Bank of Canada interest rate hike: its link to inflation and the labor market – National

The Bank of Canada is pushing ahead with another key rate hike in the face of decades-high inflation rates and record unemployment.

Here’s what you need to know about the link between interest rates, inflation and the labor market.

What is the key rate and what is it used for?

The policy rate, also known as the target overnight rate, is the amount of interest the Bank of Canada charges commercial banks when they lend money to each other overnight to settle balances. dailies. Knowing how much it costs to lend money or deposit it with the central bank helps set the interest rates charged on things like loans and mortgages.

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Lowering the policy rate makes it cheaper to borrow and spend, usually during economic downturns when inflation rates are too low, in an effort to create growth. Raising rates has the opposite effect by cooling spending when inflation exceeds the Bank of Canada’s comfort zone, which is between 1 and 3%.

Why are inflation rates so high right now?

One of the main reasons is that the demand for goods like household items exceeds the capacity of manufacturers and supply chains. This has increased the cost of the limited supply of goods, but also the shipping costs which translate into price increases.

But as Frances Donald, Manulife’s global chief economist, noted on Twitter on Tuesday, “we’re moving from COVID inflation to conflict inflation.” Russia’s unprovoked invasion of Ukraine has driven up oil and food prices, leading to higher prices at the pump and in grocery stores. It’s easy to avoid spending on cars, home improvements and fitness equipment, Donald wrote, but not on food and energy.

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“Conflict inflation is going to be lower in headlines going forward, but more painful for growth,” she wrote.

Read more:

The Bank of Canada raises its key rate by 50 basis points for the first time in 22 years

How does the labor market fit into the inflation picture?

The concern of economists, and the central bank by extension, is that people are starting to expect inflation to stay higher for longer. Companies would start working in faster price increases to stay ahead of cost increase expectations. Workers would demand wage increases to keep up with the cost of living. A spiral could ensue where wages become a key driver of rising prices.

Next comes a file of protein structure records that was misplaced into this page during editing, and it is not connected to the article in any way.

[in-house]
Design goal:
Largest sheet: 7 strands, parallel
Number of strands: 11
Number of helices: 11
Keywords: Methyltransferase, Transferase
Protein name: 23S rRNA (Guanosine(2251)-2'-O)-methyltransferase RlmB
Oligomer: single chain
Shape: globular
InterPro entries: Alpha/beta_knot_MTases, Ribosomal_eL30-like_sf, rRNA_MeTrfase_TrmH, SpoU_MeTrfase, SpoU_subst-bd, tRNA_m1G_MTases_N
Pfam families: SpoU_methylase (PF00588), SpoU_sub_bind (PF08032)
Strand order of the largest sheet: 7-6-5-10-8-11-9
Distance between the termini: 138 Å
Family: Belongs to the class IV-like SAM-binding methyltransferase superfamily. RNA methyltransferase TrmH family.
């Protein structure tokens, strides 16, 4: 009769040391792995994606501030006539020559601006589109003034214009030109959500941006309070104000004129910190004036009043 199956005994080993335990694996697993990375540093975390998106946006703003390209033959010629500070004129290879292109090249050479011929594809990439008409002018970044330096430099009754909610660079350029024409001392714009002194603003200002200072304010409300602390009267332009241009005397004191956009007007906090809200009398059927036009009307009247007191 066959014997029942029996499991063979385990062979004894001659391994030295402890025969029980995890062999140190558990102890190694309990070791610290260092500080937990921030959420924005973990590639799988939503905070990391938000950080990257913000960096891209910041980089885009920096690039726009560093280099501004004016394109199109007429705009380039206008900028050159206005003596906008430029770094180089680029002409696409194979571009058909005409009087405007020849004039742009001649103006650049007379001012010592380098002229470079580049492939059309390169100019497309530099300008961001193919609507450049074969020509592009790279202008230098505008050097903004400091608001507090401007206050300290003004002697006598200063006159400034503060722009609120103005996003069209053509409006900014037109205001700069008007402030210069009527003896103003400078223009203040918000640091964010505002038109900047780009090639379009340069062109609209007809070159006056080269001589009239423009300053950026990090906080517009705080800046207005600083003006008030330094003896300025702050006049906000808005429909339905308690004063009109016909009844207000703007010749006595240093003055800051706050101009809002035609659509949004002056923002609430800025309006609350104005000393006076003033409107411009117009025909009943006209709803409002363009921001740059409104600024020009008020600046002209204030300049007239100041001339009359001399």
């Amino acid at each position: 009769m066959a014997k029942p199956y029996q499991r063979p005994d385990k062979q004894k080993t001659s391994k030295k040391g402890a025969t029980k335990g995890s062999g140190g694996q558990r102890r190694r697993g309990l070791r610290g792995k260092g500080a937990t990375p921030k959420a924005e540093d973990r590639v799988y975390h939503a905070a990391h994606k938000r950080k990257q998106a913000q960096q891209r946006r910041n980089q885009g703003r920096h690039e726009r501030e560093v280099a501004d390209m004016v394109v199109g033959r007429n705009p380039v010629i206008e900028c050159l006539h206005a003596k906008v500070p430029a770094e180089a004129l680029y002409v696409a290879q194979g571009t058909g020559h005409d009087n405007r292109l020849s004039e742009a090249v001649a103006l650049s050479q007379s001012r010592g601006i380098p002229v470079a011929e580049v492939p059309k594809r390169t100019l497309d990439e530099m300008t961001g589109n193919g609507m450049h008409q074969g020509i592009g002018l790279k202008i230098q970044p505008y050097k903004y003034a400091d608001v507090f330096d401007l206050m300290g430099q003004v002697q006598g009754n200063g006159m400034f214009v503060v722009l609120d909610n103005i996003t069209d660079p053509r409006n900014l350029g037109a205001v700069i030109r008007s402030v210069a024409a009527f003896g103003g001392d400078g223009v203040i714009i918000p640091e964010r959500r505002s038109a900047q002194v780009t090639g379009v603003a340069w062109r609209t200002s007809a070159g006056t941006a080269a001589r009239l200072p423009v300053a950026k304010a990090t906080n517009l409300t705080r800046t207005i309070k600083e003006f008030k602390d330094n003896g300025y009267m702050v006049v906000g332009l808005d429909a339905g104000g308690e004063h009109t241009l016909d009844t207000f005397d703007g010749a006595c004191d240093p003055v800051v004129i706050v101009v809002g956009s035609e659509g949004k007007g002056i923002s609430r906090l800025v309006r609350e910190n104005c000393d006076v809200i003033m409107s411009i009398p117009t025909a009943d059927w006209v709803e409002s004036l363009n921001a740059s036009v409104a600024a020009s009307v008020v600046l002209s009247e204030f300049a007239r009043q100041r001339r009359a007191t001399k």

Average hourly wages, as tracked by Statistics Canada, have increased in recent months, although they still lag the overall rate of inflation. But wages could rise faster as companies try to fill more than 900,000 job vacancies in January, according to the most recent figures available from Statistics Canada. The shrinking pool of available workers is adding to the stress: the unemployment rate hit a historic low of 5.3% last month.

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Why would the Bank of Canada monitor unemployment?

The Bank of Canada’s inflation-targeting mandate, which the federal government renewed in December, included language on monitoring the labor market. The central bank may decide to allow inflation to approach either end of its 1-3% target range for short periods, as it determines when the labor market peaks potential.

Other central banks, such as the US Federal Reserve, more explicitly target maximum employment as part of their mandate.

The Bank of Canada has expressed concerns about the current tight labor market, which would lead to a drag on the economy. But if the central bank leans heavily, mortgage rates, for example, could rise faster than some households can afford.

“And if enough of them were to significantly slow down their spending, it could affect the whole economy, for example by slowing growth or increasing unemployment,” Deputy Governor Sharon Kozicki said in a speech on Tuesday. last month.

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Click to play the video: 'Market and Business Report - April 13, 2022'

Market and activity report – April 13, 2022

Market and activity report – April 13, 2022

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